However, offices are not entirely egalitarian environments. Cliques, in-crowds, and shared experiences can create barriers and exclude certain individuals from accessing the information they require. Leaving social learning to chance can be deemed unfair. This is where learning and development specialists play a crucial role in addressing these disparities.

One strategy is to foster connections between team members and internal experts. An internal expert refers to someone who possesses extensive knowledge in a particular area within the company. For instance, Sarah, the company's accountant, specializes in financial matters, while Abdul from the IT department is well-versed in the company's holiday booking system. The learning and development team maintains a checklist of internal experts, allowing individuals like Sarah to be connected with Abdul when facing related challenges. Likewise, when Abdul requires assistance with expense processing, he knows to approach Sarah from accounting.

This informal and horizontal relationship between Sarah and Abdul is based on social learning, facilitated by the deliberate social learning strategy employed by the learning and development team. They act as "skills matchmakers" by compiling a list of internal experts, eliminating wasted time and frustration often associated with not knowing whom to turn to for assistance. Importantly, this approach ensures equal access to help and support for everyone, regardless of their tenure within the organization.

A digital learning is frequently inefficient due to its perceived passivity, isolation, and sedentary nature. Motivation is the key ingredient that fuels effective learning, while technology serves as a valuable tool in the process. It acts as the missing key that propels learning forward, but not only that...

The preference for face-to-face learning often stems from its ability to provide a break from the office environment and offer networking opportunities. As social beings, we thrive on learning together with peers rather than in solitude in front of a screen.

Therefore, e-learning should not be viewed as a standalone solution; instead, it should be integrated into a broader culture of social learning to enhance its effectiveness.

An effective method of fostering social learning is through organizing lunch-and-learn sessions. These sessions bring together individuals who may not be well acquainted over a shared meal to engage in discussions on specific topics. The low-key and low-pressure nature of these sessions encourages open dialogue and facilitates the nurturing of social connections.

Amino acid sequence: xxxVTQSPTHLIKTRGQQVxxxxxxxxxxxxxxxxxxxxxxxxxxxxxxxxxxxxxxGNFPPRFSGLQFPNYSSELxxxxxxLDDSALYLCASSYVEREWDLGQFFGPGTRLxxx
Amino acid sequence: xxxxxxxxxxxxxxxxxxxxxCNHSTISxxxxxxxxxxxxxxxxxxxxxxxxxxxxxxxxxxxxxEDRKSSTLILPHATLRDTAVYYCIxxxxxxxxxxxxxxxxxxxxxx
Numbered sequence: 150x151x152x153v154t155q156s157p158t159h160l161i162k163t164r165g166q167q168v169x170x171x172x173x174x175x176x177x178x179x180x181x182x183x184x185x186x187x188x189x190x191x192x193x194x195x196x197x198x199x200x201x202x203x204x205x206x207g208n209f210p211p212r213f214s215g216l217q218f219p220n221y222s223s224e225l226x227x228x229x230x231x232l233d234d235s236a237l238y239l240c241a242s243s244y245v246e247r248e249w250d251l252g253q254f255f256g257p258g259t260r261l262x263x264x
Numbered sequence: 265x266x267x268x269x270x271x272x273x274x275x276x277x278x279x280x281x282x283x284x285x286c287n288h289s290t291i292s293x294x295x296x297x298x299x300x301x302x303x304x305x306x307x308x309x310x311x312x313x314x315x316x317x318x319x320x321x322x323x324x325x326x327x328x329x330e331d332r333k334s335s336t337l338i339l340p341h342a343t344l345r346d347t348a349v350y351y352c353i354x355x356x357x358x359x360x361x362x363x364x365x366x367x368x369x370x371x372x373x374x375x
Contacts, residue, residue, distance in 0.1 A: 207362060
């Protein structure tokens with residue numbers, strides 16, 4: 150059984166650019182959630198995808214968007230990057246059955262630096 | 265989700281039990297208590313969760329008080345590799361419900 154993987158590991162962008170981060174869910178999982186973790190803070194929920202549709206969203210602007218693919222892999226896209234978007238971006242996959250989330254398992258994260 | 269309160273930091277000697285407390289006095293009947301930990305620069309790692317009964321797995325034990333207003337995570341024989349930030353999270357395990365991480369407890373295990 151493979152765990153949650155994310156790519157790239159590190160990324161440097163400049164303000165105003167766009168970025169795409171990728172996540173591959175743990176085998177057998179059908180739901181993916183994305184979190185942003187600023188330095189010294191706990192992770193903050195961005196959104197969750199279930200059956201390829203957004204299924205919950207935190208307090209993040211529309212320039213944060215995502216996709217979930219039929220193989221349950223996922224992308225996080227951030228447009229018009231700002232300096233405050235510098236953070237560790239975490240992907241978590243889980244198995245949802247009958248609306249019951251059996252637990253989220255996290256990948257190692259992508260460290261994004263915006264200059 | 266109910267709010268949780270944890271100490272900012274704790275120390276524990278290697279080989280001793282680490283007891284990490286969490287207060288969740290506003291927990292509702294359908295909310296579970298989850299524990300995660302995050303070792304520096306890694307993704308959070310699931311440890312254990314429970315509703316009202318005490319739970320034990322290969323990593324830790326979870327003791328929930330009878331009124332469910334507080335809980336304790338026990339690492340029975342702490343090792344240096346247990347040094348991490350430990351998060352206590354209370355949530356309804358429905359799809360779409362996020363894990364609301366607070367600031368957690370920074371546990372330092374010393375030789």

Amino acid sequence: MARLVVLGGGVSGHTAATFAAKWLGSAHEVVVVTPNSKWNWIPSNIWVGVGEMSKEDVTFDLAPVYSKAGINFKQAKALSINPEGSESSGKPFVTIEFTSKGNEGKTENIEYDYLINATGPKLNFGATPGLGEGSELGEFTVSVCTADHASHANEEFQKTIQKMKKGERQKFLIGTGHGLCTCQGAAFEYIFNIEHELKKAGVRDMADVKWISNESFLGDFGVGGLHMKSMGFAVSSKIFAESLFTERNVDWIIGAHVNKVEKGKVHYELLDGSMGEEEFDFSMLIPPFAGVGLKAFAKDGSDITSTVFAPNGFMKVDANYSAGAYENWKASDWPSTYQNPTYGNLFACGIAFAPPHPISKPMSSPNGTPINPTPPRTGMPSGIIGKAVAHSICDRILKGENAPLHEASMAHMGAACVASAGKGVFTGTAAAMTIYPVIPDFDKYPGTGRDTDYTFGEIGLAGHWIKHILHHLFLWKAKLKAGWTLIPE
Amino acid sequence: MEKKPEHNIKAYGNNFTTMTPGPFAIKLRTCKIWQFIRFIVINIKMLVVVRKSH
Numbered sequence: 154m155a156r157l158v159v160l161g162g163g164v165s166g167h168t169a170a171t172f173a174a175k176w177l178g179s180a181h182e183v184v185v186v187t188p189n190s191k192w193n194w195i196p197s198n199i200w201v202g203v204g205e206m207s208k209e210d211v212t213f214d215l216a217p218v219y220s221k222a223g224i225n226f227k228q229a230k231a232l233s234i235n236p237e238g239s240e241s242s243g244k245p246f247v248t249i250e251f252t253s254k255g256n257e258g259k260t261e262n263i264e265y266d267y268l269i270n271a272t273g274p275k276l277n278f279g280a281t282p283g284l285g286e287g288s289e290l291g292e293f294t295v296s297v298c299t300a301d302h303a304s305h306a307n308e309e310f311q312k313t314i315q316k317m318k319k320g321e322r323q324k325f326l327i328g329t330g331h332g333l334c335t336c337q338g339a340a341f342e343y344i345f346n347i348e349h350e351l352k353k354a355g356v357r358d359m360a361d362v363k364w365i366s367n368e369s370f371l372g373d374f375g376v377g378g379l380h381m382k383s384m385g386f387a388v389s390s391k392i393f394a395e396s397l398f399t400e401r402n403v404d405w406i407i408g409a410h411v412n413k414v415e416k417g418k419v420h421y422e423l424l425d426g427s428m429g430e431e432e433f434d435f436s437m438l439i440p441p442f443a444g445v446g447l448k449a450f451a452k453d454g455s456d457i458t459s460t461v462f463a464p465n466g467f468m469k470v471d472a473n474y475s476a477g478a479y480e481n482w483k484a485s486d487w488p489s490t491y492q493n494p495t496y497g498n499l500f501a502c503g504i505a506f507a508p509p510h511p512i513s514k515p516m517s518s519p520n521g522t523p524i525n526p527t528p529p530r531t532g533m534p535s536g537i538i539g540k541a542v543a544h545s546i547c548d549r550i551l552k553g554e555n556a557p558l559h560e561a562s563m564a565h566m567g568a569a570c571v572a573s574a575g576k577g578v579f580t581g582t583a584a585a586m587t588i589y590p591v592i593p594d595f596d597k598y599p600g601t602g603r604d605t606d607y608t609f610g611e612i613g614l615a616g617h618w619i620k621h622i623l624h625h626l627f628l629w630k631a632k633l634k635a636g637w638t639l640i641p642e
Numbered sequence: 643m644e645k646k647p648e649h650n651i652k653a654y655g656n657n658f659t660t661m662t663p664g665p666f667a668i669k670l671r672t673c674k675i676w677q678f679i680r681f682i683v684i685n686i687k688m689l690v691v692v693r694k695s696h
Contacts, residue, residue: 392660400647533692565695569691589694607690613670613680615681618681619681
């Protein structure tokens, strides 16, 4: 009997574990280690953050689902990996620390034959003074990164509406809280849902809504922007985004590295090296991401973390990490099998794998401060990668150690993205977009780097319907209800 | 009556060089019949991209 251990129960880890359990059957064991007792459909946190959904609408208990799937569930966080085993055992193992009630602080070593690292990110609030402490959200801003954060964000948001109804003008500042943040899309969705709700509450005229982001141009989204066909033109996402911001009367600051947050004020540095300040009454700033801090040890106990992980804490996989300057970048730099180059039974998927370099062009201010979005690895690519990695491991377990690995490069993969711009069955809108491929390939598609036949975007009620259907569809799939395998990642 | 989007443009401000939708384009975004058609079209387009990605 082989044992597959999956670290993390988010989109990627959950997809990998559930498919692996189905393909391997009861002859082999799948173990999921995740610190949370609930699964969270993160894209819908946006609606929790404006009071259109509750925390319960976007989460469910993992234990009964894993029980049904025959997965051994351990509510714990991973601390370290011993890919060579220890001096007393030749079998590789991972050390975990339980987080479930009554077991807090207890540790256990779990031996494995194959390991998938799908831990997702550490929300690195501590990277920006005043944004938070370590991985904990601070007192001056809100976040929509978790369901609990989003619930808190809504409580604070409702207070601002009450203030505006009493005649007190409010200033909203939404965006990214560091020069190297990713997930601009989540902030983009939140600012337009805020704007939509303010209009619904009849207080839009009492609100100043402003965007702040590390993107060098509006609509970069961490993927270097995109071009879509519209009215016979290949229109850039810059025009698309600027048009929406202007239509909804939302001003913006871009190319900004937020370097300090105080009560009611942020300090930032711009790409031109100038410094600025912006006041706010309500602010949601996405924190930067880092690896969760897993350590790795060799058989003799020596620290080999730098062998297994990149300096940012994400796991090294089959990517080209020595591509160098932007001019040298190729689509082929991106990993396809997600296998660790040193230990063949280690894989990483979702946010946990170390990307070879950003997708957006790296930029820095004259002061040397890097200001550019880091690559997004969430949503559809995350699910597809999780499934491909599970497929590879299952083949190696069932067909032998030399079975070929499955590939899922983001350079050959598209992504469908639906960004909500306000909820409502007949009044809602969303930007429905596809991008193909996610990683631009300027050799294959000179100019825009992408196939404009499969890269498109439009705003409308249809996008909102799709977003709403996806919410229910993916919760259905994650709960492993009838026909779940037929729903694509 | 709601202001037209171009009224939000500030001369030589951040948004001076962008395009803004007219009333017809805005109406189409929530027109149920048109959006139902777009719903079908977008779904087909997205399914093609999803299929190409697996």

Although the social world of our Stone Age ancestors was limited to their tribes, it expanded over time. With the invention of the printing press, information began to circulate across continents. Nowadays, information travels globally within seconds. Yet, the essence remains the same. When we watch amateur chefs preparing pad thai on YouTube or participate in fitness forums, we are engaging in a behavior that humans have always done—learning from our peers. It has certainly become more technologically advanced, but it remains social learning.

Now, let's connect these ideas to professional development, the focus of our discussion. To do that, we can refer to the work of Julian Stodd, an American educational psychologist and author who extensively explores learning and development in the digital age.

Stodd emphasizes that trust forms the foundation of learning. If we trust someone, we are more likely to believe that the information they provide is valuable and useful, rather than suspecting that they are trying to manipulate us with self-serving beliefs. As social beings, we are inclined to place greater trust in knowledge acquired through social learning compared to formal knowledge. For example, many people are more receptive to ideas encountered online from their peers than ideas presented by authoritative experts.

Stodd and the author both conclude that reinforcing the authority of experts is not the solution. Instead, they suggest working in alignment with human psychology. If social learning plays a significant role in knowledge acquisition, incorporating it into learning strategies becomes essential.
Ideas Culture